RACE 3: MY SLICK NICK (#2)
Built to Last (#4) is clearly the horse to beat as he drops in for a tag for the first time in his career. This doesn’t appear to be the toughest $40k maiden claimer for the level, and he’s run speed figures that tower over this field in his recent starts. That said, he is coming off his worst performance in months when cut back to today’s distance earlier in the meet. He did have an excuse that day, as he was rushed into a fast pace from his rail post position, but he still faded badly in the lane. I have no argument that he isn’t the most likely winner, but I don’t feel compelled to swallow a price around even-money or lower on this 0-for-8 maiden. The only alternative that I can come up with is first time turfer My Slick Nick (#2). Though this gelding is by mediocre turf influence Frost Giant, he is out of a dam who achieved all of her success on grass and was a 4-time winner on this surface. Curiously, none of her other foals have tried turf. My Slick Nick showed speed in his career debut here earlier in the month before fading in the stretch. He moved a bit like a turf horse that day, and seems like one that should be fairly quick from his inside post position. He’ll be dangerous here if he can get in front of Built to Last early and secure the inside path, especially with the temporary rails coming down on the Mellon course this week.
RACE 6: OVERBORE (#11)
Both favorites in this N1X allowance look pretty formidable off their towering last-out speed figures, but I think it’s valid to question whether either can repeat those numbers in this spot. Thin White Duke (#6) will almost surely beat this field if he runs another 116 TimeformUS Speed Figure, which he earned for his narrow miss in the Grade 3 Troy behind Golden Pal. While that appears to be a legitimate performance, Golden Pal was not at his best that day, and Thin White Duke got a sensational ride from Jose Ortiz. This horse is not exactly a winning, and has benefited from perfect trips twice in a row. Main rival King Angelo (#5) earned a career-best 115 TimeformUS Speed Figure for his victory over New York-breds in late July. However, he enjoyed an uncontested early lead that day in a race where no one was able to close from the back of the pack. There’s other speed this time, so I’m skeptical that he’ll be as fortunate. I actually prefer Call Me Harry (#8) from that July 24 event at a better price. He ran poorly after an awkward start, but is now making his first start off the claim for Joe Sharp, who does well with his turf sprinters. I liked both of his prior efforts at Monmouth, especially his performance two back when third behind subsequent stakes winner Breakthrough. My top pick is Overbore (#11), who cuts back in distance after trying a mile in his return to turf 11 days ago. He got the wrong trip that day, as Flavien Prat inexplicably chose to rate him off a slow pace, prompting the horse to get rank for the first quarter mile. I prefer him going shorter anyway and like him getting back into a turf sprint. He has to run the fastest race of his career to compete here, but I think he still has some upside for Wesley Ward, whose horses have been running very well at this meet. The rider switch to Joel Rosario certainly doesn’t hurt either.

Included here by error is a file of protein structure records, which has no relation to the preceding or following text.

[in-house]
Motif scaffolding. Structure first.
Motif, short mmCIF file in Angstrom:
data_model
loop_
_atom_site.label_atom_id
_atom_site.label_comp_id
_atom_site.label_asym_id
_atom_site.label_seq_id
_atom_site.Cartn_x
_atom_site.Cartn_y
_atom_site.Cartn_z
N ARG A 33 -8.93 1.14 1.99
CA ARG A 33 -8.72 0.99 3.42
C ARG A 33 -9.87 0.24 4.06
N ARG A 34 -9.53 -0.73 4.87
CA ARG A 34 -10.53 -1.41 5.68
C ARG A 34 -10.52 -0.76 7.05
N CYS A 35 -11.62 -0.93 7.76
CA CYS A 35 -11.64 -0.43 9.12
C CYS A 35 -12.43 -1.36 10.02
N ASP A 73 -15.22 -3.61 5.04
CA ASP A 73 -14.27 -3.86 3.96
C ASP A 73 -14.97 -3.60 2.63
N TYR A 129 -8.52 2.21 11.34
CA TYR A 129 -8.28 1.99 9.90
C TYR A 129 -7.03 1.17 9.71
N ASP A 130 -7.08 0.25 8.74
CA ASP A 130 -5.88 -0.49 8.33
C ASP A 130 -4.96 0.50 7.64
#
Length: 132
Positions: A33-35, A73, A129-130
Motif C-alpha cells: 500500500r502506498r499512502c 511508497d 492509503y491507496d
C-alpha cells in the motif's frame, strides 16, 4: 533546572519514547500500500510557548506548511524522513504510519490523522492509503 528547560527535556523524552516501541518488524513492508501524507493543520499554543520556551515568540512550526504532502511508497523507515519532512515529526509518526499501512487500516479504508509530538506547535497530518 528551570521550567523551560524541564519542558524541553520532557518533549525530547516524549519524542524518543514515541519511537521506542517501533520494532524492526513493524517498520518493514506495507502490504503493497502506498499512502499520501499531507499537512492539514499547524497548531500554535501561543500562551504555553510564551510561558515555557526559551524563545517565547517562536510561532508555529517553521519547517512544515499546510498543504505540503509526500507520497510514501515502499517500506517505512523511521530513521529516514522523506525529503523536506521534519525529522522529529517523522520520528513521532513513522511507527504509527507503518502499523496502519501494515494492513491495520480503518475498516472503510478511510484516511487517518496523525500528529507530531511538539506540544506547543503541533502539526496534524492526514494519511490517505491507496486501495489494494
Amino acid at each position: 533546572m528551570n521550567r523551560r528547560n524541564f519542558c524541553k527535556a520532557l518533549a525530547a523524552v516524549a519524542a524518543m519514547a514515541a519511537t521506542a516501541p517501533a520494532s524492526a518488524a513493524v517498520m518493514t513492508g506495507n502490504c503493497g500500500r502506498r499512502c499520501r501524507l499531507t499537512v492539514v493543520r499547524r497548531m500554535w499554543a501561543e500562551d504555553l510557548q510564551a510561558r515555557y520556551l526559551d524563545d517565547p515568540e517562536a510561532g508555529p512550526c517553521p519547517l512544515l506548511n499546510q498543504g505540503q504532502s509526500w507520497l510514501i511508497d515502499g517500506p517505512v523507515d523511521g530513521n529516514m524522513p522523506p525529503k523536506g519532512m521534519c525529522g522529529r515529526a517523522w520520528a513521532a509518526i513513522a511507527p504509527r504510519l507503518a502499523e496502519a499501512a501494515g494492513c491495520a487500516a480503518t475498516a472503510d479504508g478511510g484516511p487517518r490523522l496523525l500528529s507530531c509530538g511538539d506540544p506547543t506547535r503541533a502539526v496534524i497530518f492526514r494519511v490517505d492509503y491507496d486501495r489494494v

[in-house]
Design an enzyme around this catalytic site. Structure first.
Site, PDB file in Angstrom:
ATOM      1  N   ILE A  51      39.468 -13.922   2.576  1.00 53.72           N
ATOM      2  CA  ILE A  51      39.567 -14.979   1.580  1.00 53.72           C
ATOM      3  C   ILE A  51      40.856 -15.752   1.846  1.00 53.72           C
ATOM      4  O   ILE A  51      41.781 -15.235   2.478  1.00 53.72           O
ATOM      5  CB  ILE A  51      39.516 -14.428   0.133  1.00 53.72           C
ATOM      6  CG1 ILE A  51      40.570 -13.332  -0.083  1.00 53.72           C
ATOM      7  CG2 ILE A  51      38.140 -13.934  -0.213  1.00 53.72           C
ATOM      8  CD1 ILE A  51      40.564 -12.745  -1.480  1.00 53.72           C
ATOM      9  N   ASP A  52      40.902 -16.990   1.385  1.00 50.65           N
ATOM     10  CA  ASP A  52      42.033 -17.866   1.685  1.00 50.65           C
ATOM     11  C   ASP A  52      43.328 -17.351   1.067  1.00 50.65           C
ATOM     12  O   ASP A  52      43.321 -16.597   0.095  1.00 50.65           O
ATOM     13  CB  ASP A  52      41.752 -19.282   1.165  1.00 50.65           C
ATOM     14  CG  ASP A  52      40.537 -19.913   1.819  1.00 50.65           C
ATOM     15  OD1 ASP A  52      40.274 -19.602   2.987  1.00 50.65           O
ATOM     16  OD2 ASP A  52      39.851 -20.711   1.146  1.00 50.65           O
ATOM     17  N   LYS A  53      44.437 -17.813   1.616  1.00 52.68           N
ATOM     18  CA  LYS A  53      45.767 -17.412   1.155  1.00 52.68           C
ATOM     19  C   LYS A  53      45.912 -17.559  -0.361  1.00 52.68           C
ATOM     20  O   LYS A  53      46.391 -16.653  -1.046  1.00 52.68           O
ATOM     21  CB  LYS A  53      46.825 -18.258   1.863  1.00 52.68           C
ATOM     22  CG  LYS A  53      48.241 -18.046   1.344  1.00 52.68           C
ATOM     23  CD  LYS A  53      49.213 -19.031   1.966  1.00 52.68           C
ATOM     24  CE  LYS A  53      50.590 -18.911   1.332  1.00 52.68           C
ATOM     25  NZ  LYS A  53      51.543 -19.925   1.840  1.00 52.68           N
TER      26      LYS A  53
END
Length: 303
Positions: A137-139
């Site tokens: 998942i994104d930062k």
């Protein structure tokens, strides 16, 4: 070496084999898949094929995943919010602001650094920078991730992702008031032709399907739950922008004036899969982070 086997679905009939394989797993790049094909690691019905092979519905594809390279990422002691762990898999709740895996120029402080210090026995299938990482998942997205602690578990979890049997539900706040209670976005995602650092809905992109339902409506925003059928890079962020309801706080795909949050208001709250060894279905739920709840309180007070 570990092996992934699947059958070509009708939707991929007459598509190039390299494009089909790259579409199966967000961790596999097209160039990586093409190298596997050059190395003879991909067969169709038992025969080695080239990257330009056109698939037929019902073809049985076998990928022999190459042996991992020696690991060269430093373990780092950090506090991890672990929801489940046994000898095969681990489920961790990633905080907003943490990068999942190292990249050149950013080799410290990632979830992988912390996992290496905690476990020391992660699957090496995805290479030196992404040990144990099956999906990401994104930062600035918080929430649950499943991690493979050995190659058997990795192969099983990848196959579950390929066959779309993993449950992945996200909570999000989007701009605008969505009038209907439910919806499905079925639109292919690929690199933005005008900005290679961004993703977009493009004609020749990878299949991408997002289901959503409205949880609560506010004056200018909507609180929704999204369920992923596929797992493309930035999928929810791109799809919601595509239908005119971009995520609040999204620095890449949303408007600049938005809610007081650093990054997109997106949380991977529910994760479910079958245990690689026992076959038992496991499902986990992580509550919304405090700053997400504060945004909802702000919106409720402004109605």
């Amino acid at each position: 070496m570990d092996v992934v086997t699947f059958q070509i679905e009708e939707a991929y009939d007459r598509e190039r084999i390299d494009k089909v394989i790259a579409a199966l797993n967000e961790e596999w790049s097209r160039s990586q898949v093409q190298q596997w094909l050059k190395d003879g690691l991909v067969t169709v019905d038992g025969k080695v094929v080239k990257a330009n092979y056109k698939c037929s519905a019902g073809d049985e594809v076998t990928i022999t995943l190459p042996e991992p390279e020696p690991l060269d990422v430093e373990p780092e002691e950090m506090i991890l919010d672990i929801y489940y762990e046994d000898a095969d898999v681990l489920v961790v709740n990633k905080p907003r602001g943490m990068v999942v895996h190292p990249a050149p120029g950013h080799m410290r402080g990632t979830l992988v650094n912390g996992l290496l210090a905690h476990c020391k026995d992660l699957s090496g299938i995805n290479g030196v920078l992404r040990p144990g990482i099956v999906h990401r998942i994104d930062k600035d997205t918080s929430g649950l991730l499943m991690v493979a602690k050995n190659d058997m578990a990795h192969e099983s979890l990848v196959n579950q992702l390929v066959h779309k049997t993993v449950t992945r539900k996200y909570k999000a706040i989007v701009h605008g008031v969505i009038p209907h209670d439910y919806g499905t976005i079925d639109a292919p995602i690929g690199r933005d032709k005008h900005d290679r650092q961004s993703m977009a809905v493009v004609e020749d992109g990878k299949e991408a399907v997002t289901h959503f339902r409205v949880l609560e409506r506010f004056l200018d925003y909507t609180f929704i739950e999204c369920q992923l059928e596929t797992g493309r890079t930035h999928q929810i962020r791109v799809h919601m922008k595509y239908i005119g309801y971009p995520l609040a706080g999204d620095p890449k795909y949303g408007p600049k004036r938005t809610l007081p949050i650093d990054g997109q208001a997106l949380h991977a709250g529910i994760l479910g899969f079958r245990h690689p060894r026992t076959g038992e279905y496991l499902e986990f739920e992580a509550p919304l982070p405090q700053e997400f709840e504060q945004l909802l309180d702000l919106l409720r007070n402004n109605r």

RACE 9: TIDE OF THE SEA (#3)
It’s perplexing that this John’s Call would draw such a weak field. A 12-furlong optional claiming $62k/N2X affair last weekend attracted a much stronger group, so I can’t blame the connections of Tide of the Sea (#3) for scratching out of that spot to instead run here. He’s the only one out of 6 John’s Call nominees who ran last Sunday to make that decision. I had picked Tide of the Sea in that race, so I surely like him in this spot, where his advantages seem even more apparent. He’s handled extended distance before, which is a question a few of the outsiders in here still have to answer. Some may question his current form, but I don’t think some of his recent performances are nearly as bad as they seem. He put in a decent effort three back on May 1 against a strong allowance field, and then got an odd ride on June 3 when his jockey parked him out in the center of the turf course and never asked for serious run. He made his first start off the claim for Tom Morley in an off-the-turf affair last time and actually ran deceptively well, contesting a strong pace and battling on gamely to just miss second. I think that performance bodes well for his return to turf and he projects to get an easier trip as the likely lone speed. That could be a real advantage now that the temporary rails have come down on the Mellon turf course. The other short prices in this affair do very little for me.